In the early years of the 1900s, some small first steps were taken towards founding a college for Roman Catholic women. In 1904 Roman Catholic women won permission to audit literature courses at Laval Uni­versity and the right to sit on the council of the National Library. Femi­nists like Robertine Barry kept up the pressure on the Congregation, urging the Sisters to revive the days when the convents were “breeding grounds of learned women”27 and to establish a women’s college so that young women would be equipped for university entrance. Lay women regularly met with the Congregation of Notre Dame, especially with Sis­ter St-Anaclet, the Superior General. Lacoste-Gérin-Lajoie published an outline of a tentative college curriculum in Le Journal de Françoise and kept reminding the Sisters that her daughter Marie, a student at Mont Ste-Marie Convent, would be going to university when she graduated in 1908 – if not in Quebec, then elsewhere in Canada, the United States or France.28

     Responding to this kind of pressure, the authorities of the Congre­gation, despite their reluctance to launch their community into what they perceived as a perilous adventure, sought the advice of Abbé (later Canon) Gauthier who supported them in the enterprise. He had earlier encouraged Sister Ste-Anne Marie, the principal of Mont Ste-Marie, to introduce philosophy, chemistry and law into the high school curriculum as groundwork for a women’s college.29

     Additional pressure came from the parents of English-speaking stu­dents at the Villa Maria Convent. These girls did not have a diploma at the collegial level, and thus were not qualified for university entrance. Parents asked the sisters to obtain, “une certification collégiale en bonne et due forme.”30 These parental petitions were presented to the govern­ing council of the Congregation.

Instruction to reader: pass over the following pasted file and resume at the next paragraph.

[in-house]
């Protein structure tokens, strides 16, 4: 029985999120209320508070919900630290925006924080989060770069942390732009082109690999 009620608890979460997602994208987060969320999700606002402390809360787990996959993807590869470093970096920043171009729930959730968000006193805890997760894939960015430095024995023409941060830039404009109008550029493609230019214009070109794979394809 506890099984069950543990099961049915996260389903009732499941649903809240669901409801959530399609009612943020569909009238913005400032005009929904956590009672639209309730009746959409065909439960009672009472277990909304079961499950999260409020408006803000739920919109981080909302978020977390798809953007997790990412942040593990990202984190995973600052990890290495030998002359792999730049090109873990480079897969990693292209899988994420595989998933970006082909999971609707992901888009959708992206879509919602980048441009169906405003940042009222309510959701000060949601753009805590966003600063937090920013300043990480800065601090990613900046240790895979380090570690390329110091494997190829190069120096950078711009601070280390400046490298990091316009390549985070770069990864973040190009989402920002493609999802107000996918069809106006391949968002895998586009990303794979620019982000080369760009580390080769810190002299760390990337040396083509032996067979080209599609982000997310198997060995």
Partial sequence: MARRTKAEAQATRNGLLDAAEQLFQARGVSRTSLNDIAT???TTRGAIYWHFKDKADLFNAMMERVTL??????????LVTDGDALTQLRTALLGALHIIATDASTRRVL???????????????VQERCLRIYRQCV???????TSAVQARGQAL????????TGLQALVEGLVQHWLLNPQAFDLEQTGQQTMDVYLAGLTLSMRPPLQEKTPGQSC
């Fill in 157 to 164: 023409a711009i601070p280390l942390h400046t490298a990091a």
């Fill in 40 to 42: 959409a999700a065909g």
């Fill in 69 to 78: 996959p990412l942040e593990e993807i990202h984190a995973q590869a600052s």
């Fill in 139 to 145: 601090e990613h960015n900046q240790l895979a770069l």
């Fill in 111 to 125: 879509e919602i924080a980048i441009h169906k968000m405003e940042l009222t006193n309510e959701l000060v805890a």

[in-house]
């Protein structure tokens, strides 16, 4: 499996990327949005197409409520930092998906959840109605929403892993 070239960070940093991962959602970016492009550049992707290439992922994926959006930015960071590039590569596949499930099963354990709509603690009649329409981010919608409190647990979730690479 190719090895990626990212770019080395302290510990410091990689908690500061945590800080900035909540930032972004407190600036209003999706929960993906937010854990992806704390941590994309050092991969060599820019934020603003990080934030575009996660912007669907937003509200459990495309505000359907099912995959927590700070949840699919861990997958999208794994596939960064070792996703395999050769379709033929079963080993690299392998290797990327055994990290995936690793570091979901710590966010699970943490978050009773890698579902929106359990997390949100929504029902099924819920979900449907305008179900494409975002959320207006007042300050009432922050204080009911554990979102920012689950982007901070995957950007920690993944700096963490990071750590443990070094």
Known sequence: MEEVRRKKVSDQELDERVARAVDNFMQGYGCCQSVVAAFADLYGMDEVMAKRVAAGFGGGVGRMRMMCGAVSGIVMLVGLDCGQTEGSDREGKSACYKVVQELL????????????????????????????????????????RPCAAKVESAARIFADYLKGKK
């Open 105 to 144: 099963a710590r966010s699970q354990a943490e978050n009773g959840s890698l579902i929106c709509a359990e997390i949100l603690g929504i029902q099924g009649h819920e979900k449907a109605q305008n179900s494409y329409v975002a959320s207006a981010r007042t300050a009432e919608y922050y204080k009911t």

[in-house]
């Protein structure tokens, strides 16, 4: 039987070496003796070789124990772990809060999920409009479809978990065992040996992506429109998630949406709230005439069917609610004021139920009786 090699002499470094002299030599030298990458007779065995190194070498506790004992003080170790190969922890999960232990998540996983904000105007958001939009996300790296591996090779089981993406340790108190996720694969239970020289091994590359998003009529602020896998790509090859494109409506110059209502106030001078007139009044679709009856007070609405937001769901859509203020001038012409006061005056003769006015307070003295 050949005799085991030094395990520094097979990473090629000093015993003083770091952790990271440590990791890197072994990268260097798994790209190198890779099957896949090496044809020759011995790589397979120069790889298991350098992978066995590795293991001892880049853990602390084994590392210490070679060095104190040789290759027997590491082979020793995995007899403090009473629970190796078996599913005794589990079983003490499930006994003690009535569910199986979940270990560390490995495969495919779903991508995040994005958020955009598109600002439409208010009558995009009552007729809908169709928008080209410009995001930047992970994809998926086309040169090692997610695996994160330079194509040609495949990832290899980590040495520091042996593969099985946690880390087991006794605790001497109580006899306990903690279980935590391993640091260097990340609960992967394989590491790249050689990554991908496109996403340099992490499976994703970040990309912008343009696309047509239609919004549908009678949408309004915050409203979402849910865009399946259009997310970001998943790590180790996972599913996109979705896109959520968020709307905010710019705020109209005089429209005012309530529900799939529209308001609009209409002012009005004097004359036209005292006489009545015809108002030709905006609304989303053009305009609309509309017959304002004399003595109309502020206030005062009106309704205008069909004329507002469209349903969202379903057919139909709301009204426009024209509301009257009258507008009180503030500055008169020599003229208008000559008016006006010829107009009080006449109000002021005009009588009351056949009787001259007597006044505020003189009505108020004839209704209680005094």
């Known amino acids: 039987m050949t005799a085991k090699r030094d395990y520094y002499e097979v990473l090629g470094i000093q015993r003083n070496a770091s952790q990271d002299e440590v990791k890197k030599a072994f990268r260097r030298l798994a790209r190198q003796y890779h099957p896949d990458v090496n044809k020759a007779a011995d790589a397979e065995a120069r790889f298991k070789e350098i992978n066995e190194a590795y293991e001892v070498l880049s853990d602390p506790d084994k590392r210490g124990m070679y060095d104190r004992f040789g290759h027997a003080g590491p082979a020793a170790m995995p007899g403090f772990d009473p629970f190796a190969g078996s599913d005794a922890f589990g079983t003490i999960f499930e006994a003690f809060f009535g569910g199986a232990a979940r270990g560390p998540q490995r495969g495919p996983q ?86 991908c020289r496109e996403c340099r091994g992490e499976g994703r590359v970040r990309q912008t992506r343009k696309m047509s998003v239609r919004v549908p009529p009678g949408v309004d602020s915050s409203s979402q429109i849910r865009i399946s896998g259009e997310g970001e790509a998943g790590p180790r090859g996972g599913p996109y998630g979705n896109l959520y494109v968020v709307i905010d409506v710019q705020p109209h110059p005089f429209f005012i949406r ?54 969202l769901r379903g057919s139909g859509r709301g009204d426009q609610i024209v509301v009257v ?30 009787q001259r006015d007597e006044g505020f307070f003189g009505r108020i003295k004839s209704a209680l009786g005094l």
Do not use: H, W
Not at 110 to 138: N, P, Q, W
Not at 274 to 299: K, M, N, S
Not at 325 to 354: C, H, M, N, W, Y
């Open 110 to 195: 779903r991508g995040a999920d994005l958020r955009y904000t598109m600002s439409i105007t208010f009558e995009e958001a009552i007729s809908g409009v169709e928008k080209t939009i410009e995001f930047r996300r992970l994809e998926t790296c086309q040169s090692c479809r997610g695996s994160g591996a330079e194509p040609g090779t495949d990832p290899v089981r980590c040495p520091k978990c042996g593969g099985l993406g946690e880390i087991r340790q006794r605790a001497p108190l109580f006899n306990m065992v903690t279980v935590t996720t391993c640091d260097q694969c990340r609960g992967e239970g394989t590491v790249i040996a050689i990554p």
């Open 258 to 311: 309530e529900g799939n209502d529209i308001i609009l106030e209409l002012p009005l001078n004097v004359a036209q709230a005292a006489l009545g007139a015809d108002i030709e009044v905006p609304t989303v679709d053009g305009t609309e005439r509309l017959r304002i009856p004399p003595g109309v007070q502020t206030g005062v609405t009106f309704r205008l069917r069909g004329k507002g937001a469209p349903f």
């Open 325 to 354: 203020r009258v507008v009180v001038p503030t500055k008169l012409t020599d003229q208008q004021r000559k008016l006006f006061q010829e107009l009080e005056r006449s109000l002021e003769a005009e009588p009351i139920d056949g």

Following a long internal debate, the Congregation sought affilia­tion with Laval University for Villa Maria for certain post-secondary courses.3131 Armed with a letter from Archbishop Bruchési, who at times seemed sympathetic to the cause of higher education for women, two Sisters of the Order had an interview on July 4, 1904, with Mgr. Math­ieu, the Rector of Laval University. They pointed out that “quelques jeunes filles vont chercher un supplément de bagage intellectuel à l’Uni­versité McGill.”32 The request was then referred to the Department of Public Instruction and thence to the Catholic Committee, which judged that the time was not ripe to have young women pursue higher studies. The Mémoire observed, “Il faut dire que les préjugés étaient alors nom­breux et bien enracinés.”33 Stung by this rejection, the Congregation dropped the project for the time being.

     Sister Ste-Anne Marie was not content with abandoning her dream indefinitely. She pressed the Order’s General Council from 1904 to 1908 to keep pursuing the project of a college for women, but she met with little enthusiasm. The General Council saw that such a need might very well arise in the future, but mindful of the failed attempt of Villa Maria to procure an affiliation with Laval University for certain courses only, they decided there was no urgency. Internal division in the Order also delayed matters. While some Sisters were supportive, others were out­raged by Sister Ste-Anne Marie's ‘modernism’ and disapproved also of the changes she had made at Mont Ste-Marie.34

     In 1906, after lengthy internal debate, Sister Ste-Anne Marie was authorized by the General Council of the Order to explore possibilities with Archbishop Bruchési, whose support was essential. Although he had shown himself favourably disposed to women’s concerns, he never­theless was indecisive about a proposal regarding a college for women. “Mgr. Bruchési se contentera de faire aux deux femmes [Sister Ste-Anne Marie et Marie Lacoste-Gérin-Lajoie] l’éloge plutôt évasif de la culture féminine et de son influence bienfaisante dans la famille et la société.”35 All major educational decisions involving religious communities rested in the hands of the Archbishop, and without his approval, no steps could be taken by the Order towards founding a classical college.